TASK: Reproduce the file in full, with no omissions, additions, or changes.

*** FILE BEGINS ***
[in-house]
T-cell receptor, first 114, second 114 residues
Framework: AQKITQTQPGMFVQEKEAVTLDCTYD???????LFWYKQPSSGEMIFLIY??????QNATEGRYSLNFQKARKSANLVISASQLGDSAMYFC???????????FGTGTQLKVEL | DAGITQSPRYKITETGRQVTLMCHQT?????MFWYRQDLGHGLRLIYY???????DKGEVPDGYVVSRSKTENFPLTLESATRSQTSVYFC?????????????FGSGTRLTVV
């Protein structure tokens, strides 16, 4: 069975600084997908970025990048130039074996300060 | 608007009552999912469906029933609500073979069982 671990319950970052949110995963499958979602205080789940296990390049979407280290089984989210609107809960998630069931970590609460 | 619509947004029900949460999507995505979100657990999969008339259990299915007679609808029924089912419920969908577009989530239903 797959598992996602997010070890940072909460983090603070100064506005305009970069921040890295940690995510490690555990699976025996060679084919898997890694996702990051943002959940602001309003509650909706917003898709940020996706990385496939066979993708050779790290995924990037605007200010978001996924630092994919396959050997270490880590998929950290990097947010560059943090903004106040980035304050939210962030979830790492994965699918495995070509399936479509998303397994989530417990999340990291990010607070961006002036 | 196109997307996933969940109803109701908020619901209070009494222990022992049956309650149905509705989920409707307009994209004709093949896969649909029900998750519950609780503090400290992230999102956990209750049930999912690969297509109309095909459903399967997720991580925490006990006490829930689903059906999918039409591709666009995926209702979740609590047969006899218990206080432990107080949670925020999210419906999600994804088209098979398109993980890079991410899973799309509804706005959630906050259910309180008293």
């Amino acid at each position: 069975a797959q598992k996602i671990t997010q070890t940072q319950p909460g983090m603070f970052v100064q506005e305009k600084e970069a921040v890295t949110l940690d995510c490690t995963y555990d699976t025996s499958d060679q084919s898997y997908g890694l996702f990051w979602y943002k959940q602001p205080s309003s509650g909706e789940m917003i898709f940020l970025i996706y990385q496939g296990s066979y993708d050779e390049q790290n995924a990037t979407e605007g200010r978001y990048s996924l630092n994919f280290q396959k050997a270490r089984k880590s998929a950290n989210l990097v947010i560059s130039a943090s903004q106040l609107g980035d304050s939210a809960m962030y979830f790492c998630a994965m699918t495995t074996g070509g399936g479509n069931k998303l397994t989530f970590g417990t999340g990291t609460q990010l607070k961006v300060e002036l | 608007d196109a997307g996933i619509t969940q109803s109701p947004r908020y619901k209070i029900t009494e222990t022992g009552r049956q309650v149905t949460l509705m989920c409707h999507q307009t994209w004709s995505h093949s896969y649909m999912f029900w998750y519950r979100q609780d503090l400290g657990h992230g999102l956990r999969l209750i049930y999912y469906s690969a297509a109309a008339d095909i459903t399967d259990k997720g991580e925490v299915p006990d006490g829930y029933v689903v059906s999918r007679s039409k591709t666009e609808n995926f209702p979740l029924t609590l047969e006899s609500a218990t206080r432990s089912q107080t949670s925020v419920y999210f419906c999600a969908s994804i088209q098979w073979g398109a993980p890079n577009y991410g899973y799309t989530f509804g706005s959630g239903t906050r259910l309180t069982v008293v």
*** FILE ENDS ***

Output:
[in-house]
T-cell receptor, first 114, second 114 residues
Framework: AQKITQTQPGMFVQEKEAVTLDCTYD???????LFWYKQPSSGEMIFLIY??????QNATEGRYSLNFQKARKSANLVISASQLGDSAMYFC???????????FGTGTQLKVEL | DAGITQSPRYKITETGRQVTLMCHQT?????MFWYRQDLGHGLRLIYY???????DKGEVPDGYVVSRSKTENFPLTLESATRSQTSVYFC?????????????FGSGTRLTVV
């Protein structure tokens, strides 16, 4: 069975600084997908970025990048130039074996300060 | 608007009552999912469906029933609500073979069982 671990319950970052949110995963499958979602205080789940296990390049979407280290089984989210609107809960998630069931970590609460 | 619509947004029900949460999507995505979100657990999969008339259990299915007679609808029924089912419920969908577009989530239903 797959598992996602997010070890940072909460983090603070100064506005305009970069921040890295940690995510490690555990699976025996060679084919898997890694996702990051943002959940602001309003509650909706917003898709940020996706990385496939066979993708050779790290995924990037605007200010978001996924630092994919396959050997270490880590998929950290990097947010560059943090903004106040980035304050939210962030979830790492994965699918495995070509399936479509998303397994989530417990999340990291990010607070961006002036 | 196109997307996933969940109803109701908020619901209070009494222990022992049956309650149905509705989920409707307009994209004709093949896969649909029900998750519950609780503090400290992230999102956990209750049930999912690969297509109309095909459903399967997720991580925490006990006490829930689903059906999918039409591709666009995926209702979740609590047969006899218990206080432990107080949670925020999210419906999600994804088209098979398109993980890079991410899973799309509804706005959630906050259910309180008293």
């Amino acid at each position: 069975a797959q598992k996602i671990t997010q070890t940072q319950p909460g983090m603070f970052v100064q506005e305009k600084e970069a921040v890295t949110l940690d995510c490690t995963y555990d699976t025996s499958d060679q084919s898997y997908g890694l996702f990051w979602y943002k959940q602001p205080s309003s509650g909706e789940m917003i898709f940020l970025i996706y990385q496939g296990s066979y993708d050779e390049q790290n995924a990037t979407e605007g200010r978001y990048s996924l630092n994919f280290q396959k050997a270490r089984k880590s998929a950290n989210l990097v947010i560059s130039a943090s903004q106040l609107g980035d304050s939210a809960m962030y979830f790492c998630a994965m699918t495995t074996g070509g399936g479509n069931k998303l397994t989530f970590g417990t999340g990291t609460q990010l607070k961006v300060e002036l | 608007d196109a997307g996933i619509t969940q109803s109701p947004r908020y619901k209070i029900t009494e222990t022992g009552r049956q309650v149905t949460l509705m989920c409707h999507q307009t994209w004709s995505h093949s896969y649909m999912f029900w998750y519950r979100q609780d503090l400290g657990h992230g999102l956990r999969l209750i049930y999912y469906s690969a297509a109309a008339d095909i459903t399967d259990k997720g991580e925490v299915p006990d006490g829930y029933v689903v059906s999918r007679s039409k591709t666009e609808n995926f209702p979740l029924t609590l047969e006899s609500a218990t206080r432990s089912q107080t949670s925020v419920y999210f419906c999600a969908s994804i088209q098979w073979g398109a993980p890079n577009y991410g899973y799309t989530f509804g706005s959630g239903t906050r259910l309180t069982v008293v």